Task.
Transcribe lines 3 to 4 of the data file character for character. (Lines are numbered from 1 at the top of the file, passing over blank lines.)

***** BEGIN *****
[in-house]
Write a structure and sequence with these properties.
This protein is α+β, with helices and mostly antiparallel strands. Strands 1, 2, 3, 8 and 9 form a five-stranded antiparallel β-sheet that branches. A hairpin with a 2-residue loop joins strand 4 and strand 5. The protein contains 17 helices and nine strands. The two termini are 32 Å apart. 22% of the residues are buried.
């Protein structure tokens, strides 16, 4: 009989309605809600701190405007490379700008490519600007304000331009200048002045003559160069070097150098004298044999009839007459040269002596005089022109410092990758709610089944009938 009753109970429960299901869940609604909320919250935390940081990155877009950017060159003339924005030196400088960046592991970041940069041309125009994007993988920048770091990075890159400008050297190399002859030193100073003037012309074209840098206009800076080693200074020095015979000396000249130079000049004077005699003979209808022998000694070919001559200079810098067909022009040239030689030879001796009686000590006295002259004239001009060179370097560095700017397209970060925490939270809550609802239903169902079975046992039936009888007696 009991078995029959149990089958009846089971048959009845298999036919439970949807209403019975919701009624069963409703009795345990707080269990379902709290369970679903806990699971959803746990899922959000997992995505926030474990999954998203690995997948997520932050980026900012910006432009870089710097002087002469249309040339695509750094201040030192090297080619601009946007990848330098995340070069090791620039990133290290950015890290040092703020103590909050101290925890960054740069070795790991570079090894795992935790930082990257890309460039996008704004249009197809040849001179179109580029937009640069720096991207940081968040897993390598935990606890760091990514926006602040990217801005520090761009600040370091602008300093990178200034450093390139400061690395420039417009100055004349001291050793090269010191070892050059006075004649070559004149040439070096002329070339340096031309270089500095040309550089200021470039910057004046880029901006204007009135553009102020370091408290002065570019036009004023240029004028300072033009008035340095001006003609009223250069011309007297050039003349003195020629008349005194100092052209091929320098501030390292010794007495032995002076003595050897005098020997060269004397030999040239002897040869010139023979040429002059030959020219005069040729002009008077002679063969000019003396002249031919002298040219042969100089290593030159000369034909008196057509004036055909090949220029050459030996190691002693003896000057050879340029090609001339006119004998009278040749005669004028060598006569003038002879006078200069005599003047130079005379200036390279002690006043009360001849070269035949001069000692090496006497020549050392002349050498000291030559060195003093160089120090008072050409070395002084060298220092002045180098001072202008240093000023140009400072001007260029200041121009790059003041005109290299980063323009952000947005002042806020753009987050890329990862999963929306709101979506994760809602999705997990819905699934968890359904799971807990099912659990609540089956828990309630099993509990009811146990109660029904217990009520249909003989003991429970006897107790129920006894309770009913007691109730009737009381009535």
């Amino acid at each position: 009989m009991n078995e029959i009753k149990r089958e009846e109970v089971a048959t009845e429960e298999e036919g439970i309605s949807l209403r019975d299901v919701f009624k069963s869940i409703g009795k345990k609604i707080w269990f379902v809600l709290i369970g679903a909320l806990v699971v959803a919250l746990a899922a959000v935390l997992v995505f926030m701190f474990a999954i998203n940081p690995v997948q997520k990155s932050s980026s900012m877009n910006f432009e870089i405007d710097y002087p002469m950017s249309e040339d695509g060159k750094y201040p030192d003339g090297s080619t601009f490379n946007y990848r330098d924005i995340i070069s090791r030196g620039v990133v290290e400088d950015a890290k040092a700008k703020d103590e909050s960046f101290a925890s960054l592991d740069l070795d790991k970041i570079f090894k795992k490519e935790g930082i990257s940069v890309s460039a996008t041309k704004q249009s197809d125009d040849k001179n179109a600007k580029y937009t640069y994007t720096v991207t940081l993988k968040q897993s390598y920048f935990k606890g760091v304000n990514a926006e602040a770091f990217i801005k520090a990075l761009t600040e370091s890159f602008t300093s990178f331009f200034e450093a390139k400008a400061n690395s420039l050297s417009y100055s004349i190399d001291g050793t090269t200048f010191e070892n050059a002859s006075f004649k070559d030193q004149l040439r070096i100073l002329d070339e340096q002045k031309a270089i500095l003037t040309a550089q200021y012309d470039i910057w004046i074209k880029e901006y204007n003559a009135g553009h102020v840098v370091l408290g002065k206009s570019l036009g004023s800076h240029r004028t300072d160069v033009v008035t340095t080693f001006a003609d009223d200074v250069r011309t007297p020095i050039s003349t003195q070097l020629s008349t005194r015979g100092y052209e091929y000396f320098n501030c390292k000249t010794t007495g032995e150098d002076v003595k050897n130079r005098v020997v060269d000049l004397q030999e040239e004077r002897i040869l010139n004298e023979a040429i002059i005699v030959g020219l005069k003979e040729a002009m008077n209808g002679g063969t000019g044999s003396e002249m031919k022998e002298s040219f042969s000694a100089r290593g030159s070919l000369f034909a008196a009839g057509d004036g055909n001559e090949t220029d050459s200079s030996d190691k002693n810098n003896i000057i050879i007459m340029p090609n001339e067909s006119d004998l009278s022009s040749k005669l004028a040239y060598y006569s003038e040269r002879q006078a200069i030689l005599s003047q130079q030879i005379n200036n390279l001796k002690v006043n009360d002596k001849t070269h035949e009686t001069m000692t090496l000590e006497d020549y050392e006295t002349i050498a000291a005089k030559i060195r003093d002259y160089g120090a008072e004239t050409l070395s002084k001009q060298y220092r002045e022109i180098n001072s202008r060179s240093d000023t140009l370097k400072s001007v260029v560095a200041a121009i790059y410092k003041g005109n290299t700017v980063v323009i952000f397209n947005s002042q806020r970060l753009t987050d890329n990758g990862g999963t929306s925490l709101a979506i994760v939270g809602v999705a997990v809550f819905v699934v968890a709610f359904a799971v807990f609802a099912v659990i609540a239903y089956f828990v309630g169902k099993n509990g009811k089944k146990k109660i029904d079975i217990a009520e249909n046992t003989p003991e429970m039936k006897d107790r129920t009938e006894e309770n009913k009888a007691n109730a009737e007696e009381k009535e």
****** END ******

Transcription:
This protein is α+β, with helices and mostly antiparallel strands. Strands 1, 2, 3, 8 and 9 form a five-stranded antiparallel β-sheet that branches. A hairpin with a 2-residue loop joins strand 4 and strand 5. The protein contains 17 helices and nine strands. The two termini are 32 Å apart. 22% of the residues are buried.
């Protein structure tokens, strides 16, 4: 009989309605809600701190405007490379700008490519600007304000331009200048002045003559160069070097150098004298044999009839007459040269002596005089022109410092990758709610089944009938 009753109970429960299901869940609604909320919250935390940081990155877009950017060159003339924005030196400088960046592991970041940069041309125009994007993988920048770091990075890159400008050297190399002859030193100073003037012309074209840098206009800076080693200074020095015979000396000249130079000049004077005699003979209808022998000694070919001559200079810098067909022009040239030689030879001796009686000590006295002259004239001009060179370097560095700017397209970060925490939270809550609802239903169902079975046992039936009888007696 009991078995029959149990089958009846089971048959009845298999036919439970949807209403019975919701009624069963409703009795345990707080269990379902709290369970679903806990699971959803746990899922959000997992995505926030474990999954998203690995997948997520932050980026900012910006432009870089710097002087002469249309040339695509750094201040030192090297080619601009946007990848330098995340070069090791620039990133290290950015890290040092703020103590909050101290925890960054740069070795790991570079090894795992935790930082990257890309460039996008704004249009197809040849001179179109580029937009640069720096991207940081968040897993390598935990606890760091990514926006602040990217801005520090761009600040370091602008300093990178200034450093390139400061690395420039417009100055004349001291050793090269010191070892050059006075004649070559004149040439070096002329070339340096031309270089500095040309550089200021470039910057004046880029901006204007009135553009102020370091408290002065570019036009004023240029004028300072033009008035340095001006003609009223250069011309007297050039003349003195020629008349005194100092052209091929320098501030390292010794007495032995002076003595050897005098020997060269004397030999040239002897040869010139023979040429002059030959020219005069040729002009008077002679063969000019003396002249031919002298040219042969100089290593030159000369034909008196057509004036055909090949220029050459030996190691002693003896000057050879340029090609001339006119004998009278040749005669004028060598006569003038002879006078200069005599003047130079005379200036390279002690006043009360001849070269035949001069000692090496006497020549050392002349050498000291030559060195003093160089120090008072050409070395002084060298220092002045180098001072202008240093000023140009400072001007260029200041121009790059003041005109290299980063323009952000947005002042806020753009987050890329990862999963929306709101979506994760809602999705997990819905699934968890359904799971807990099912659990609540089956828990309630099993509990009811146990109660029904217990009520249909003989003991429970006897107790129920006894309770009913007691109730009737009381009535």